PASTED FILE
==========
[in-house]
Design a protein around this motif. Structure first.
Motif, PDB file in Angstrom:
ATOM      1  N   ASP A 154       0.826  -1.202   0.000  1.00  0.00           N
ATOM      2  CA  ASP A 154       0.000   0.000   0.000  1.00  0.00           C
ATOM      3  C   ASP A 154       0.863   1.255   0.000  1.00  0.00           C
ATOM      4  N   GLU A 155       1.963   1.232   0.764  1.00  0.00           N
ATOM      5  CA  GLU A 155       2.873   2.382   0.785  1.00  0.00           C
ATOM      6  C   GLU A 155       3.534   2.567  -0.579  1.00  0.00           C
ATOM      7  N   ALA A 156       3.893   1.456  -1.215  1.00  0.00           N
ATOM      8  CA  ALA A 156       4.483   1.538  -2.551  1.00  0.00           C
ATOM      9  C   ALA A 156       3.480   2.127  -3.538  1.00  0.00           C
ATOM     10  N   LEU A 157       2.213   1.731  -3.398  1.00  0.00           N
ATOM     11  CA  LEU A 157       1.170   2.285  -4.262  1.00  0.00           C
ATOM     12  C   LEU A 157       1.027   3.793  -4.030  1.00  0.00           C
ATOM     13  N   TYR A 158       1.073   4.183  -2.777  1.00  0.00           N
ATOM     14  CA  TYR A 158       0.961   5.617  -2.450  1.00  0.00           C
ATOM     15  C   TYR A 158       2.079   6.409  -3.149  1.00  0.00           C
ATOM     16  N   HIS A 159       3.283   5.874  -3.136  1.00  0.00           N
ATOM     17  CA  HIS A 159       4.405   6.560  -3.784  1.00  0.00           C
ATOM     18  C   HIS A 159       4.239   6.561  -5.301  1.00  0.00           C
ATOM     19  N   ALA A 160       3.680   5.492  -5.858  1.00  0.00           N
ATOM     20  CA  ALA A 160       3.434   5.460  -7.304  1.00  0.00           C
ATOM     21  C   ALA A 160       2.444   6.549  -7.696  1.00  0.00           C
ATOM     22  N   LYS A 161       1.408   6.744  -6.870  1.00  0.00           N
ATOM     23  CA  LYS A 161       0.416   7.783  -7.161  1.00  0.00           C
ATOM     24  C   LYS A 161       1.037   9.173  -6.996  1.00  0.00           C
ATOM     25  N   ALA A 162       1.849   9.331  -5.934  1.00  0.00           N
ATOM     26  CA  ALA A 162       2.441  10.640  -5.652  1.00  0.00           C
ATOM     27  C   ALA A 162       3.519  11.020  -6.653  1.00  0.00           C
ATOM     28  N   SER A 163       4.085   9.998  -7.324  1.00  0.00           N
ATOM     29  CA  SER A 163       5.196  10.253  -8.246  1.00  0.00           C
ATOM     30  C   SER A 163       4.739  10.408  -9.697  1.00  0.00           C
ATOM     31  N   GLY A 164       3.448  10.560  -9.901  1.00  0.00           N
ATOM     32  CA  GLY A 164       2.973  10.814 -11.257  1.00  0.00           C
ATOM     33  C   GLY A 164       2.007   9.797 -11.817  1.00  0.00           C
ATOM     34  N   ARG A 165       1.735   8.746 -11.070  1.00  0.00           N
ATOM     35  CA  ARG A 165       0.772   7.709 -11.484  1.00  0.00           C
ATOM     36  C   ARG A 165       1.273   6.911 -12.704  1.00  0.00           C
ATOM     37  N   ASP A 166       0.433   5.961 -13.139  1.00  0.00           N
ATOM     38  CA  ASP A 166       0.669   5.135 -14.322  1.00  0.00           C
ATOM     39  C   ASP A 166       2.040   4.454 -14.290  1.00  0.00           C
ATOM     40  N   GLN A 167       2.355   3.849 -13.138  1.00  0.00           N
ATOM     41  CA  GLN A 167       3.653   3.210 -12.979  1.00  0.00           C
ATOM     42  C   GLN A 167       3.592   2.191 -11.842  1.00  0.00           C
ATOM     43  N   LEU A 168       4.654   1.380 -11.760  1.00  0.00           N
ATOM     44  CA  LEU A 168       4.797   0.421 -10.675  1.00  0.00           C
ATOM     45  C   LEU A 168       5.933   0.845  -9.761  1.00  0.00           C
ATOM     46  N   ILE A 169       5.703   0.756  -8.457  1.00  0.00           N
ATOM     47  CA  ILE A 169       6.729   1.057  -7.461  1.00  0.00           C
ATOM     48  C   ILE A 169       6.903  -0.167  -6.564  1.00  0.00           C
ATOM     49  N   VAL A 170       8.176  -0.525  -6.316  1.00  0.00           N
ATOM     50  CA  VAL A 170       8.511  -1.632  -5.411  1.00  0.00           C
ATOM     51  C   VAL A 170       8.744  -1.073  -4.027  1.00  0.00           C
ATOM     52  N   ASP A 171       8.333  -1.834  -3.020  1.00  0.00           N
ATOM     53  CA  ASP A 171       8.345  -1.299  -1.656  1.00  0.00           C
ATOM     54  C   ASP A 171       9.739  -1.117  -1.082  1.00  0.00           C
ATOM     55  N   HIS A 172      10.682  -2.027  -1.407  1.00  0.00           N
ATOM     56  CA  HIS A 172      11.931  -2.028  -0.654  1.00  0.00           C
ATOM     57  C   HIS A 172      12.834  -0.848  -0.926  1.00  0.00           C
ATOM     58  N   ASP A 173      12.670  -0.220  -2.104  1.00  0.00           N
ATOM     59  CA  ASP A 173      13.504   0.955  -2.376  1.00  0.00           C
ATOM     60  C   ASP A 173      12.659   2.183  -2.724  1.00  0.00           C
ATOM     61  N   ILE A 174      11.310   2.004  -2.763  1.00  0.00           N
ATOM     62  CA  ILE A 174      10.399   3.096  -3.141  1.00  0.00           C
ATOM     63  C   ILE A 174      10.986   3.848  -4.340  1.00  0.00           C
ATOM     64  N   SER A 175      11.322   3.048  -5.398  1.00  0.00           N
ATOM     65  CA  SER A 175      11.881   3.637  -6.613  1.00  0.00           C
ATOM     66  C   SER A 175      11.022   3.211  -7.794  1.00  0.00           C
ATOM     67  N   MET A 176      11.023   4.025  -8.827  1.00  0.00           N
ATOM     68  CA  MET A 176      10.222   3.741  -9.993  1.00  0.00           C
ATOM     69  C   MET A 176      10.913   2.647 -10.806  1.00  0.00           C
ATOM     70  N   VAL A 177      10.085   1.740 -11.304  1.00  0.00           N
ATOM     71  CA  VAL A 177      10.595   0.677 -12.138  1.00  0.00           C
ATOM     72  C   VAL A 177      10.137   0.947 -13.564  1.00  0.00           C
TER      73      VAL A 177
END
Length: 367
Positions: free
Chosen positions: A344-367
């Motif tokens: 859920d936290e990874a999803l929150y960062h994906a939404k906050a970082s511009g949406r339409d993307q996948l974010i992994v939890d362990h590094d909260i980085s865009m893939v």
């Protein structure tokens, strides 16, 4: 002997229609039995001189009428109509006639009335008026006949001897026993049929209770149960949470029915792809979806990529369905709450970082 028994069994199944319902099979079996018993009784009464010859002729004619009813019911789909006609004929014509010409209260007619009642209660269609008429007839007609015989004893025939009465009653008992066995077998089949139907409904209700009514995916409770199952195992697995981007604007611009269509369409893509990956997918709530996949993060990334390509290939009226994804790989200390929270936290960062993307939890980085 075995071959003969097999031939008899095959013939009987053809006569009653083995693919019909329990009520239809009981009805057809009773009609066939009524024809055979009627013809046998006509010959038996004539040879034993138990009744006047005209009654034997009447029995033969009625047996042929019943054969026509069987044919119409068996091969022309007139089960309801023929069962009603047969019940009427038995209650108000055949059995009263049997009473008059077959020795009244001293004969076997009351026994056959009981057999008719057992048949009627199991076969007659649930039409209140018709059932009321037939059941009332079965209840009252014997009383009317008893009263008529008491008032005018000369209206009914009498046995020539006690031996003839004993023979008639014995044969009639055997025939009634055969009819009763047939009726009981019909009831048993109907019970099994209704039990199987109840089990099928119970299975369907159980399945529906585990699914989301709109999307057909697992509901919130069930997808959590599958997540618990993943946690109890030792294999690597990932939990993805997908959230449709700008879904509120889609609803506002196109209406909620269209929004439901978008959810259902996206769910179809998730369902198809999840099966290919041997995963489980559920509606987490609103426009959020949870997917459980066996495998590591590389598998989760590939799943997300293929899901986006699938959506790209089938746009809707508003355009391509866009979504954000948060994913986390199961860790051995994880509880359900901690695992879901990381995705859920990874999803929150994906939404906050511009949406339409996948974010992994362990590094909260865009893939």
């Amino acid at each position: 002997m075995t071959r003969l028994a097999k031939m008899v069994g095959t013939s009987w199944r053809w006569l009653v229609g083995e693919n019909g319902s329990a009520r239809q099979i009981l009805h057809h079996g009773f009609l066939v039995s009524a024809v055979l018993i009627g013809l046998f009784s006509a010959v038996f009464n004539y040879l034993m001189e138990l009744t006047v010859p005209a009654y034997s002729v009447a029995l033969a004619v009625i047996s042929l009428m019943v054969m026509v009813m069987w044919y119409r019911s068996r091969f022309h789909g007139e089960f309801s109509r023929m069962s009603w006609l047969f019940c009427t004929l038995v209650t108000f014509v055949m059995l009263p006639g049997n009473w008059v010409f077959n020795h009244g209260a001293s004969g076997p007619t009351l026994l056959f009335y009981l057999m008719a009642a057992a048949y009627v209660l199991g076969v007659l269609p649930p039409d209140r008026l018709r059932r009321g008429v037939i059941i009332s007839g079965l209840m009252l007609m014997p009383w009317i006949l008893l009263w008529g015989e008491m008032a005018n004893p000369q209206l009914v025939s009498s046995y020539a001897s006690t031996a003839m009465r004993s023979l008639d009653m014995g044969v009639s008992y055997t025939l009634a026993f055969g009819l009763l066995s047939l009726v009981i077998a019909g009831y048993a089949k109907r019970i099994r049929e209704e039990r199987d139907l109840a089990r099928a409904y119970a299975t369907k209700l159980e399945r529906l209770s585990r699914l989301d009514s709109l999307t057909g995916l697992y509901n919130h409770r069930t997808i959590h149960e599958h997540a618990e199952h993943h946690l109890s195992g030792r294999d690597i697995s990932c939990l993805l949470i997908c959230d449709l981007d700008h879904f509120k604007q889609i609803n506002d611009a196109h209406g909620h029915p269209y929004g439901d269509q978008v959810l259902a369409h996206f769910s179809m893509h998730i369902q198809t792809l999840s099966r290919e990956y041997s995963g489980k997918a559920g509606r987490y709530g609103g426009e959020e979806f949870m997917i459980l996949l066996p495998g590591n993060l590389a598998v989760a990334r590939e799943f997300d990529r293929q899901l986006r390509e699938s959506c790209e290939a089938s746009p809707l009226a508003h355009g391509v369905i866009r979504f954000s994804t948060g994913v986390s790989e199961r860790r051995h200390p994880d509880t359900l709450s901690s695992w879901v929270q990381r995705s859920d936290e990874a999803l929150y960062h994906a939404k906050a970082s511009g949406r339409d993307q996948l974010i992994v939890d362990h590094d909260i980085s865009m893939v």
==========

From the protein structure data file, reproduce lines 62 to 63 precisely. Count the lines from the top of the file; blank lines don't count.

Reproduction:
ATOM     59  CA  ASP A 173      13.504   0.955  -2.376  1.00  0.00           C
ATOM     60  C   ASP A 173      12.659   2.183  -2.724  1.00  0.00           C